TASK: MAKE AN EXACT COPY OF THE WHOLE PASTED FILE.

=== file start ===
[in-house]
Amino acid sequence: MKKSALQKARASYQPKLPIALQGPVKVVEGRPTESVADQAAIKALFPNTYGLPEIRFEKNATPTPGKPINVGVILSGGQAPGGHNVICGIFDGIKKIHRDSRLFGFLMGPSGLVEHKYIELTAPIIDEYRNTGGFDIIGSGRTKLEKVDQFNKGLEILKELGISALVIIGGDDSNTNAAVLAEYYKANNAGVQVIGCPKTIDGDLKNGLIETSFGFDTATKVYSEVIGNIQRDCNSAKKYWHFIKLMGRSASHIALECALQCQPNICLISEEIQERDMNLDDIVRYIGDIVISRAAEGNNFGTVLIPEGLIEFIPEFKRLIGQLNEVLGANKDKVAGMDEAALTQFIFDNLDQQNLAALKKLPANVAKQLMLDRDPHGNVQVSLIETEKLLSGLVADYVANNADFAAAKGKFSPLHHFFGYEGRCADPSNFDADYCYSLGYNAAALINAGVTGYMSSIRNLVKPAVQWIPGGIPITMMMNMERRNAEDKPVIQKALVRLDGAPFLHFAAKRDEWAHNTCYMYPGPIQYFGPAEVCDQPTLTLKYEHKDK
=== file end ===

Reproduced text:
[in-house]
Amino acid sequence: MKKSALQKARASYQPKLPIALQGPVKVVEGRPTESVADQAAIKALFPNTYGLPEIRFEKNATPTPGKPINVGVILSGGQAPGGHNVICGIFDGIKKIHRDSRLFGFLMGPSGLVEHKYIELTAPIIDEYRNTGGFDIIGSGRTKLEKVDQFNKGLEILKELGISALVIIGGDDSNTNAAVLAEYYKANNAGVQVIGCPKTIDGDLKNGLIETSFGFDTATKVYSEVIGNIQRDCNSAKKYWHFIKLMGRSASHIALECALQCQPNICLISEEIQERDMNLDDIVRYIGDIVISRAAEGNNFGTVLIPEGLIEFIPEFKRLIGQLNEVLGANKDKVAGMDEAALTQFIFDNLDQQNLAALKKLPANVAKQLMLDRDPHGNVQVSLIETEKLLSGLVADYVANNADFAAAKGKFSPLHHFFGYEGRCADPSNFDADYCYSLGYNAAALINAGVTGYMSSIRNLVKPAVQWIPGGIPITMMMNMERRNAEDKPVIQKALVRLDGAPFLHFAAKRDEWAHNTCYMYPGPIQYFGPAEVCDQPTLTLKYEHKDK